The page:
Footnotes from the Field: the Ladybugs of Snowy Mountain

in Footnotes from the Field/Pest Management/Summer 2017

An Ecological Partnership in Biological Control

Marjorie Harris, BSC, P.Ag.

A magical event takes place each spring in Walter Harvey’s orchard. As the sun warms and thaws the landscape into frost free days, the Ladybugs that spent the winter huddled together in the cracks and crevices of Snowy Mountain’s rocky faced peak emerge in the thousands, taking flight down into the blossom filled orchards below. Along with the Ladybugs, Bumble Bees and other wild bees leave the rocky shelter to join the spring blossom feasts.The ladybugs come in such large numbers to Walter’s orchard that so far this year out of 10,000 trees he has only found a handful of black cherry aphid clusters. When clusters are found Walter cuts them out and drenches them in barrels of water to stop further spread. The Ladybugs are very aggressive at eating the aphids during all life stages from egg to larva to adult—the final result is that very seldom over 25 years has Walter had aphid problems.

During winter hikes several hundred meters above the valley floor up to the rocky faced peak of Snowy Mountain, Walter has observed the Ladybugs crowded into crevices by the hundreds, “It’s a really remarkably beautiful sight,” Walter says, speaking in tones of wonder when considering the complexity of nature. Through biodynamic practices Walter is careful not to interrupt the beneficial organisms’ ecologically balanced systems at work in the orchard and makes efforts to support their natural life cycles.

Grasshoppers sometimes nip overripe fruit and live mostly on the ground in the grass. Physical control methods are frequent mowing, occasional rototilling, and cover crop rotation. However, Walter reports that the orchard hosts a huge population of Praying Mantis who do much of the grasshopper control. The Ground Mantis is the only species native to the Okanagan Valley while the European Mantis was introduced to in the 1890s specifically to control grasshoppers. Both species are present in the South Okanagan. Walter is careful to respect and not disturb the papery egg cases hardened to stems, twigs, trees, or posts, each of which contains hundreds of eggs.

Predacious wasps control leaf roller larva, coddling moth, and nematodes. The Mud Wasp domain is in the grasses and the Yellow Jacket Wasps control the tree canopies. Walter has installed 150 Wren houses around the orchard that are filled yearly. The Wrens are insectivores that provide additional control for leaf rollers and aphids throughout the season.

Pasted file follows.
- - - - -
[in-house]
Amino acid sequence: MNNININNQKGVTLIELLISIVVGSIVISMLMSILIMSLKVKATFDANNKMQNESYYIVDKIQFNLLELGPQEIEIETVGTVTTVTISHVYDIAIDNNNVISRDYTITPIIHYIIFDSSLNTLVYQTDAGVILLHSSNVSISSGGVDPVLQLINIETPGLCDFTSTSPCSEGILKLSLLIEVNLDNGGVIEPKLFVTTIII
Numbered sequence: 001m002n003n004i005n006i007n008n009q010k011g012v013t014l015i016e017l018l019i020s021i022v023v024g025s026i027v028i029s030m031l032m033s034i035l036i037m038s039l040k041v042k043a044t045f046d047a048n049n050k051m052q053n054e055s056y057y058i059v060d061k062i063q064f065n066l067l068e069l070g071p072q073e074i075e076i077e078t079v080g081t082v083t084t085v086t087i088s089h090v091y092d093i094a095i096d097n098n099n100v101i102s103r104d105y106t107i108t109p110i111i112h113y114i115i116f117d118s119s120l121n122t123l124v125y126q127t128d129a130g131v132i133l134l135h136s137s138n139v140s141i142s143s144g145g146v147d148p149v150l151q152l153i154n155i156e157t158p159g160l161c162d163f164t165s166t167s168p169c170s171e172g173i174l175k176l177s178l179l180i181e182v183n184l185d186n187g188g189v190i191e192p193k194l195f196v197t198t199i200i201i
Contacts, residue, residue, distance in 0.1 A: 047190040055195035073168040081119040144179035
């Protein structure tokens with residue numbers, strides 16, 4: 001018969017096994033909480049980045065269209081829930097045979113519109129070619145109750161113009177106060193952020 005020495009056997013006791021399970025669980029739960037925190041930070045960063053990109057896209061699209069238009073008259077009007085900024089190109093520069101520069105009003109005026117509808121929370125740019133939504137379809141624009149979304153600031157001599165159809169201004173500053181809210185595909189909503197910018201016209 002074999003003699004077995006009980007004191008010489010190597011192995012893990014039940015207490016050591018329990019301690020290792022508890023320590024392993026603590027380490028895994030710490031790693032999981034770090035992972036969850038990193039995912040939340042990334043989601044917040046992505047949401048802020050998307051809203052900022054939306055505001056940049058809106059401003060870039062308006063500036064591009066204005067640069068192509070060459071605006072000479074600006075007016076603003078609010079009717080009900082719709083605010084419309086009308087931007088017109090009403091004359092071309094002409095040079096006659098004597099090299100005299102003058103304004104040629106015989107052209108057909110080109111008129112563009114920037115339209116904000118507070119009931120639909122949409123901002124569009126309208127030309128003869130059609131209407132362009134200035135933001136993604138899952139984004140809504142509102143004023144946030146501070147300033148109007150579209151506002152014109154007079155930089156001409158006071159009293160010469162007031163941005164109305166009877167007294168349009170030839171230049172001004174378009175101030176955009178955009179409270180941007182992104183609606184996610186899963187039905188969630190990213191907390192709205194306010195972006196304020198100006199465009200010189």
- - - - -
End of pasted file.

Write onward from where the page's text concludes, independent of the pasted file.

Nematodes are further controlled by disrupting the soil stage of their lifecycle. In the orchard drive row, Walter rotates cover crops of rye, clover, vetch, and oats to prevent catastrophic nematode populations from emerging. A large flock of free range ducks are run through the orchard after harvest is complete; they eat insect larva, eggs, and nematodes before the winter freeze.

Walter finds that most years his insect allies outnumber his insect pests and his experience echoes that of ancient farmers. Natural enemies were first recorded to be actively employed as biological controls in plant protection in China in 304 AD where large black predacious ants were gathered up and carried to citrus trees to control tree pests. The historical evidence is clear that biological controls have played an important role in plant protection since ancient times and the knowledge and use of these farming tools spread to Yemen and Egypt relatively quickly.

The main groupings of biological controls are: predators, parasitoids, and pathogens. Predatory insects eat pest insects; parasitic insects lay their eggs inside pests and the larvae develop within the host, killing it; and pathogens such as fungi or bacteria consume the pests.

How can these biological controls be encouraged to move into your garden?

First is food: many predatory insects dine on pollen when insect pests are in short supply. Keep a healthy supply of some of these favorite pollen rich producers growing in abundance: Angelica, Calendula, Caraway, Chives, Cilantro, Coreopsis, Cosmos, Dandelions, Dill, Fennel, Feverfew, Marigold, Scented Geraniums, Sweet Alyssum, Tansy, and Yarrow.

Second is water: provide water features throughout the garden containing fresh non-stagnant water.

Third is shelter: Vegetated buffers or clumps of natural flora and fauna that give thick cover provide good homes to beetles, birds, and amphibians.

Fourth is respect to lifecycle: know where the eggs for next year’s progeny will be and carefully sustain them. Protect beneficials from management disturbances, pesticides, and adverse environmental conditions as much as possible.

Table 1: Common Natural Enemies of Crop and Garden Pests of the Pacific Northwest

Marjorie Harris, BSC, P.Ag. IOIA V.O.; EcoAudit Ag-Grow Service; Email:

Photo credit: Marjorie Harris